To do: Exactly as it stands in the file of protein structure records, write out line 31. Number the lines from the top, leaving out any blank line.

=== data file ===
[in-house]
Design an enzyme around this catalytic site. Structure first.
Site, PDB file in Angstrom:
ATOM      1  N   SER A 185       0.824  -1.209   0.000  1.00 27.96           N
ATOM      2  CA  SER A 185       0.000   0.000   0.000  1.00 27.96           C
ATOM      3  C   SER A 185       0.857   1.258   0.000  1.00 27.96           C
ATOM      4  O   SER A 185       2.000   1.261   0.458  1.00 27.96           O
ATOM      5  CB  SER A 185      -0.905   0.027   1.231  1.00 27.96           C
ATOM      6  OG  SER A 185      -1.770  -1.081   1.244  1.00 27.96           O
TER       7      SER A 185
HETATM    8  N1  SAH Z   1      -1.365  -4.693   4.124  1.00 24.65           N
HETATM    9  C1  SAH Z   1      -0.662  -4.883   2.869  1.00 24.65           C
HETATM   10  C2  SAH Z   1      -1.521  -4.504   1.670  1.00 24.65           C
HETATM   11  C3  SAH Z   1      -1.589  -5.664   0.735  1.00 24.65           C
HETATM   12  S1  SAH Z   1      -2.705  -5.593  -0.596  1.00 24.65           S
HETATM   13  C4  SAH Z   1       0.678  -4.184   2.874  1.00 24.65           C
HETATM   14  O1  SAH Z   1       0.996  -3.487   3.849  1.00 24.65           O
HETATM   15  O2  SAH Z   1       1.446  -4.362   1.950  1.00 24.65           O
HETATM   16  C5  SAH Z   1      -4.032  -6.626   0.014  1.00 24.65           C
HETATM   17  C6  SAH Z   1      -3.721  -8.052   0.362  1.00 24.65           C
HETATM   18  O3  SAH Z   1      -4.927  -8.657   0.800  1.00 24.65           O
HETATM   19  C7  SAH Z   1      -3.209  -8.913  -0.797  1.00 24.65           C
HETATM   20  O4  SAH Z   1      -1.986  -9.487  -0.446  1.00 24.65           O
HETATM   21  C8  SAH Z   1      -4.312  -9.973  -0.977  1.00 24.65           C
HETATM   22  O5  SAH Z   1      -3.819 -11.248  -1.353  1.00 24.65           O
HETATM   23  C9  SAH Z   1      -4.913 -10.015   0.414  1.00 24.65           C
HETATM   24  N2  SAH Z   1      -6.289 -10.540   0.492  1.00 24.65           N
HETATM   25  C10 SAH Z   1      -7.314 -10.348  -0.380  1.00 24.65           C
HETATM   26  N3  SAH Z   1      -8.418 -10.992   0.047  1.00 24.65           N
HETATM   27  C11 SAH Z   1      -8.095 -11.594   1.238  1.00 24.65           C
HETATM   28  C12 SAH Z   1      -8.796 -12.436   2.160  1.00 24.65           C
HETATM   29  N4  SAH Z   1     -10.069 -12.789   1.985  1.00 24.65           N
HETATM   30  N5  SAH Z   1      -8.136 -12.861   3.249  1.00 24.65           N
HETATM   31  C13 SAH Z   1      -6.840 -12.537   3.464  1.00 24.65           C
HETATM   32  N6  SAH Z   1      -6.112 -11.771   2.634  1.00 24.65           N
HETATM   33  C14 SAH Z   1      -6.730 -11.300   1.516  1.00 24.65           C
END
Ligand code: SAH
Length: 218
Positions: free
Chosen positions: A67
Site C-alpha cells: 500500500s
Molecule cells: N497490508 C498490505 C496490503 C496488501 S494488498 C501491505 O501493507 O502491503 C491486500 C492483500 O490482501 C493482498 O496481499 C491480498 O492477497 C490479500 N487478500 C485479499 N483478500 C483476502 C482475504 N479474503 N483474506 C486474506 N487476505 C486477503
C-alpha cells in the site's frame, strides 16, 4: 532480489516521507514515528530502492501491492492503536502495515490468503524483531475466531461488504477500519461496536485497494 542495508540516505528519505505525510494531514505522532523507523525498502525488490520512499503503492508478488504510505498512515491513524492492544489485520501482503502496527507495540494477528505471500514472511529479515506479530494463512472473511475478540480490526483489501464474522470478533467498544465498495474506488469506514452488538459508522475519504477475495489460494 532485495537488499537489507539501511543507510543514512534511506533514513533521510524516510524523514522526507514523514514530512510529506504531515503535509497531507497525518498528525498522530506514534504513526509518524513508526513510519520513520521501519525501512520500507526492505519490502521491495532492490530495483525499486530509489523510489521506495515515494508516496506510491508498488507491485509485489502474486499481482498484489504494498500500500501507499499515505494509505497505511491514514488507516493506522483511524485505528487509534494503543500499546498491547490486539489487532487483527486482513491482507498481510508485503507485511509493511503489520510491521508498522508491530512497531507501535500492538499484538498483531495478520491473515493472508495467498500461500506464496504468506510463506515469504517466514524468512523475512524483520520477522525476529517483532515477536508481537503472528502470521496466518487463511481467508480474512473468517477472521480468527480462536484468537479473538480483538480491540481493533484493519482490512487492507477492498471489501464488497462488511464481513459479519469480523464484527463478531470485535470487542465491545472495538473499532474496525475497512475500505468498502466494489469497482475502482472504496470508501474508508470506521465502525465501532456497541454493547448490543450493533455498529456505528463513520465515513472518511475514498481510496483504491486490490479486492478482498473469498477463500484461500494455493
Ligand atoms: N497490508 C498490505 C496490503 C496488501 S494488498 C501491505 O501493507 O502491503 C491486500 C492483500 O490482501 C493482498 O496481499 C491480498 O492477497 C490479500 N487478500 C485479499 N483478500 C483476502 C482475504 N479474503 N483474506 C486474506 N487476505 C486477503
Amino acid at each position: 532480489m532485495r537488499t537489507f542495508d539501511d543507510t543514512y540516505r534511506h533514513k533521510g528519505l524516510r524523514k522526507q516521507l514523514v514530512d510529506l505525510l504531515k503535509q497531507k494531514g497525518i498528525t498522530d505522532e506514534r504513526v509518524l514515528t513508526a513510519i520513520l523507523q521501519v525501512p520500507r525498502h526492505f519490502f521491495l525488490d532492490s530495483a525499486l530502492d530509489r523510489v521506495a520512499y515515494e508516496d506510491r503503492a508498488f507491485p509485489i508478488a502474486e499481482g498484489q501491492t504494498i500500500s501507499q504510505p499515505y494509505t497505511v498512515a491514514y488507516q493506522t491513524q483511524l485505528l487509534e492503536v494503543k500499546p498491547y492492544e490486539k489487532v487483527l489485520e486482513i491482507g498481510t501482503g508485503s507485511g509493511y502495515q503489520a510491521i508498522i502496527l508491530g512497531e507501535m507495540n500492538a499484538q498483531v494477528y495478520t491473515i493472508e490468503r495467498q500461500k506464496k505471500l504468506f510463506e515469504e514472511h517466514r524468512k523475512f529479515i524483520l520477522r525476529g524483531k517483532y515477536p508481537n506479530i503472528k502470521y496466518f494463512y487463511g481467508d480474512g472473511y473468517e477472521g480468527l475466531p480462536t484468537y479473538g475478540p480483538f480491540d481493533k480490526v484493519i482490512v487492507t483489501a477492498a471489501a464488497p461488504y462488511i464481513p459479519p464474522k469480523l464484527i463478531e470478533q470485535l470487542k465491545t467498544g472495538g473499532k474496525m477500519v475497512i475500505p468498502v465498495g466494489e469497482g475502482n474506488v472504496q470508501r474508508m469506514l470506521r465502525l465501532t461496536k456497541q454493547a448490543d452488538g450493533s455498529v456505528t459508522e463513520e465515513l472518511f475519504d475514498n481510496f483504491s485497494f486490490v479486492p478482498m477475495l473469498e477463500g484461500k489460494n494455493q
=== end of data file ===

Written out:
HETATM   28  C12 SAH Z   1      -8.796 -12.436   2.160  1.00 24.65           C